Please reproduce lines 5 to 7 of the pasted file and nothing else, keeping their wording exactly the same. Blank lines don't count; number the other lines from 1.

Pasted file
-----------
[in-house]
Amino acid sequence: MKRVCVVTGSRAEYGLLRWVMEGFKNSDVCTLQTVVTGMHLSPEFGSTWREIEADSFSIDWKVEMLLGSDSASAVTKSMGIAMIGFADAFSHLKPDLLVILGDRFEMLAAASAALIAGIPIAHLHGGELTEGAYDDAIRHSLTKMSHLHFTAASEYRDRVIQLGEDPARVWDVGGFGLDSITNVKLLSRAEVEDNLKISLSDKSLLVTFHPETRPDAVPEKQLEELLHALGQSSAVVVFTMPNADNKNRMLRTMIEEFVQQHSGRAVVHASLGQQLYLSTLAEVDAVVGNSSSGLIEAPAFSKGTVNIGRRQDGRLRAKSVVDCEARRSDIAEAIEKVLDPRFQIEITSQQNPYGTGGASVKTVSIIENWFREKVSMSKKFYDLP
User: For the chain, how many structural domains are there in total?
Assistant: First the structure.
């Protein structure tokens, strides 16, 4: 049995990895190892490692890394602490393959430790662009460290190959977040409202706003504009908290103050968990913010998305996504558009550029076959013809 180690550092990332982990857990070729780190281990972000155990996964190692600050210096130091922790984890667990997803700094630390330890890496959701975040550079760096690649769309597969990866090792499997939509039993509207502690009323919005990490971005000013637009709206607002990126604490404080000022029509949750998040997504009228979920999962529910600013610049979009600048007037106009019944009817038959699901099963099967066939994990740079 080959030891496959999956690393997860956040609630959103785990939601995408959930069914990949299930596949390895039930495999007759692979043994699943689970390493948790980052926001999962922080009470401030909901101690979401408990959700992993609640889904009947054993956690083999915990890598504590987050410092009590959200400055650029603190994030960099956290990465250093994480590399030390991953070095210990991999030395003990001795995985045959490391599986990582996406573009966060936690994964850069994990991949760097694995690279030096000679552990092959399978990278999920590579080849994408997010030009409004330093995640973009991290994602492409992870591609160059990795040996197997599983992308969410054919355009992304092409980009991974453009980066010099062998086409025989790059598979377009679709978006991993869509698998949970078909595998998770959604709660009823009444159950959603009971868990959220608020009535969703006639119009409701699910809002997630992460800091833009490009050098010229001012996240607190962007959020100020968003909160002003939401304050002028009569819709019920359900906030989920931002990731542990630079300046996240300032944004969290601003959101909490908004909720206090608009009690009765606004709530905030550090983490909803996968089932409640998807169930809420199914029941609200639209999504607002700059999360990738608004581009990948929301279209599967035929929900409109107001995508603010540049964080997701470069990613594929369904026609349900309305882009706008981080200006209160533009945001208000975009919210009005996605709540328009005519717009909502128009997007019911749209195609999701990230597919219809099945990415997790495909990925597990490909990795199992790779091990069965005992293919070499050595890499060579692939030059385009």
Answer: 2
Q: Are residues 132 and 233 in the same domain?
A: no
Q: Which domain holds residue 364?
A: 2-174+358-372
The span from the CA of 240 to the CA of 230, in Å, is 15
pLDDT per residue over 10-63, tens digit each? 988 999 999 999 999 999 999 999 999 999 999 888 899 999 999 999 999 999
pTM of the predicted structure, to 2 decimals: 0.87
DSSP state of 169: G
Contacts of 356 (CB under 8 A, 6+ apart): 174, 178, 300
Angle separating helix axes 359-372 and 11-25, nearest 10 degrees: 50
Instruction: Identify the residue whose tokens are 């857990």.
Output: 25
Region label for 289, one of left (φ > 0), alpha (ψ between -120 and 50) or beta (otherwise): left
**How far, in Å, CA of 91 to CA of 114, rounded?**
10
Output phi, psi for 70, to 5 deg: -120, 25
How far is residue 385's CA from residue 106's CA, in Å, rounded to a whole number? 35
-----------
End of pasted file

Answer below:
């Protein structure tokens, strides 16, 4: 049995990895190892490692890394602490393959430790662009460290190959977040409202706003504009908290103050968990913010998305996504558009550029076959013809 180690550092990332982990857990070729780190281990972000155990996964190692600050210096130091922790984890667990997803700094630390330890890496959701975040550079760096690649769309597969990866090792499997939509039993509207502690009323919005990490971005000013637009709206607002990126604490404080000022029509949750998040997504009228979920999962529910600013610049979009600048007037106009019944009817038959699901099963099967066939994990740079 080959030891496959999956690393997860956040609630959103785990939601995408959930069914990949299930596949390895039930495999007759692979043994699943689970390493948790980052926001999962922080009470401030909901101690979401408990959700992993609640889904009947054993956690083999915990890598504590987050410092009590959200400055650029603190994030960099956290990465250093994480590399030390991953070095210990991999030395003990001795995985045959490391599986990582996406573009966060936690994964850069994990991949760097694995690279030096000679552990092959399978990278999920590579080849994408997010030009409004330093995640973009991290994602492409992870591609160059990795040996197997599983992308969410054919355009992304092409980009991974453009980066010099062998086409025989790059598979377009679709978006991993869509698998949970078909595998998770959604709660009823009444159950959603009971868990959220608020009535969703006639119009409701699910809002997630992460800091833009490009050098010229001012996240607190962007959020100020968003909160002003939401304050002028009569819709019920359900906030989920931002990731542990630079300046996240300032944004969290601003959101909490908004909720206090608009009690009765606004709530905030550090983490909803996968089932409640998807169930809420199914029941609200639209999504607002700059999360990738608004581009990948929301279209599967035929929900409109107001995508603010540049964080997701470069990613594929369904026609349900309305882009706008981080200006209160533009945001208000975009919210009005996605709540328009005519717009909502128009997007019911749209195609999701990230597919219809099945990415997790495909990925597990490909990795199992790779091990069965005992293919070499050595890499060579692939030059385009």
Answer: 2
Q: Are residues 132 and 233 in the same domain?